By modeling the fouling in the plate-fin heat exchanger with machine-learning algorithms, any fuel consumption increase and inefficiencies in the furnaces will be determined in advance through a decision-making mechanism, and unit turnaround and cleaning periods can be safely organized in advance. Since hydrocracker units are energy-dense processes and affect the Energy Intensity Index (EII)—a petroleum refinery energy efficiency metric that compares actual energy consumption for a refinery with the “standard” energy consumption for a refinery of similar size and configuration—throughout the refinery, it is very important to simulate and predict fouling rates of the plate-fin heat exchanger. However, this type of heat exchanger usually cannot be modeled via classical simulation tools (at least not easily). In this case, first-principle modeling tools and AI-driven algorithms were combined to model the plate-fin type heat exchanger (non-TEMA). The integration of AI-driven algorithms into the simulation models (known as hybrid models) helps not only simulation but also the prediction of fouling rates in future operating conditions.

For the heat exchanger simulation, three different stages were completed during the modeling steps:

  • Definition and collection of data
  • Creation of AI-driven model
  • Model deployment.

During the definition and collection of data, 25,000 hourly point datasets were used for eight different dependent and independent variables. Noises and bad data were cleaned, and outlier detection was applied on the rest of the datasets (~13% of noises were cleaned). The results were achieved with very high accuracy (R2 > 0.95) and predictability (Q2 > 0.95), as shown in FIG. 2. Lasso CV was used to create the machine-learning models.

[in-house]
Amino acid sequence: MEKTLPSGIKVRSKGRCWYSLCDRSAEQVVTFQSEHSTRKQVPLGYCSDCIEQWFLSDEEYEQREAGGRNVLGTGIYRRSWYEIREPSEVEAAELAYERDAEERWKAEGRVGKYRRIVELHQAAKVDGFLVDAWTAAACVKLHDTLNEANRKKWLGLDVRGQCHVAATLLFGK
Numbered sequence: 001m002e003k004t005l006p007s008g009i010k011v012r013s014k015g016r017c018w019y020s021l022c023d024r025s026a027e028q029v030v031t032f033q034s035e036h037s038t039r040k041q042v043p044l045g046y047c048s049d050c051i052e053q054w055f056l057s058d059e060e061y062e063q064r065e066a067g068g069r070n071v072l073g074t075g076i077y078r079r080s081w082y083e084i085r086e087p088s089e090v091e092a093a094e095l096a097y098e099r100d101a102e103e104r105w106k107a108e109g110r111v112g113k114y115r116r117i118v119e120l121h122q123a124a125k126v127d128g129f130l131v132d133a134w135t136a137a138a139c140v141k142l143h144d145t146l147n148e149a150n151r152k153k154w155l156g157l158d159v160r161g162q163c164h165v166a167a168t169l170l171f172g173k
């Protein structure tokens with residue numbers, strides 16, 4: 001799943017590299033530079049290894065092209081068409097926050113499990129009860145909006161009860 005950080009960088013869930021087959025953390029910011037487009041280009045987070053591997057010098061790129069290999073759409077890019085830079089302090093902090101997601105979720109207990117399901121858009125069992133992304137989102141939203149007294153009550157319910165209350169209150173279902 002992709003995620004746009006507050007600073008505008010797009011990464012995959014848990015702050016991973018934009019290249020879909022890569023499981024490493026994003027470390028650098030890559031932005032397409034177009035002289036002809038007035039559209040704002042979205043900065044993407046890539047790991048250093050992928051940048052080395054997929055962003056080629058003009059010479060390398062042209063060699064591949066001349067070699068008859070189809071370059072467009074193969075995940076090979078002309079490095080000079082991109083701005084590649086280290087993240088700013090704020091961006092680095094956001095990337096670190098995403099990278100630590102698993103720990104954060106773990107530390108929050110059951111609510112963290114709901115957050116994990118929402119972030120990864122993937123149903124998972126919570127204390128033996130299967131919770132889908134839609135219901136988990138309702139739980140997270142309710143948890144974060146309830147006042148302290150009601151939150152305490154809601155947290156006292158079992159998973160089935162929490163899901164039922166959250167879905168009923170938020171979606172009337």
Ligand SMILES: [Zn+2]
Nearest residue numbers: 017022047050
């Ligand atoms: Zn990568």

FIG. 2. Predicted data vs. plant data for both cold and hot side outlet temperatures.

When the model results were compared with plant data, the hot side and cold side outlet temperature values were estimated with a ±3.3°C deviation (< 1.3%) and with a ±2.8°C deviation (< 1.1%), respectively. Model outputs are shown in FIGS. 3 and 4 for cold side outlet temperature and hot side outlet temperature, respectively.

FIG. 3. Model outputs vs. plant data for cold side outlet temperature.
FIG. 4. Model outputs vs. plant data for hot side outlet temperature.

Fouling of this heat exchanger increases the fuel consumption rate of the fired heater and negatively affects the energy efficiency of the hydrocracker unit. Therefore, information about the fouling rate of the exchanger must be gathered. For this purpose, any potential savings were analyzed by conducting fouling prediction using the hybrid model to determine whether or not to clean the heat exchanger.

The temperature loss caused from the fouling rate was calculated at 1°C–3°C, which equates to 100 kW–200 kW duty loss due to fouling, during 3 yr of operation (FIG. 5). The next 6 mos were also predicted for the cold side outlet temperature—the model showed that the outlet temperature would decrease ~2°C if the same operating conditions continued.

FIG. 5. Temperature loss on the cold side of the heat exchanger caused by fouling.

When evaluated with current refinery product margins, the daily profit of a one-stage, once-through hydrocracker unit is compared against the return of heat exchanger cleaning, the cost of unit downtime due to heat exchanger cleaning is 27 times higher.


AI-driven models provide not only rigorous modeling of equipment but also predictions that can be used for maintaining optimum and efficient refinery operations. The accuracy of the digital twins used was improved by leveraging a wealth of operating data and the power of machine-learning. This proves to be an easier and faster way to maintain updated conditions of simulation models.

This study has shown that process engineers can create value from plant data when AI-driven models are used. With the help of such models, it is possible to predict when it is necessary to stop the unit and clean the heat exchanger. HP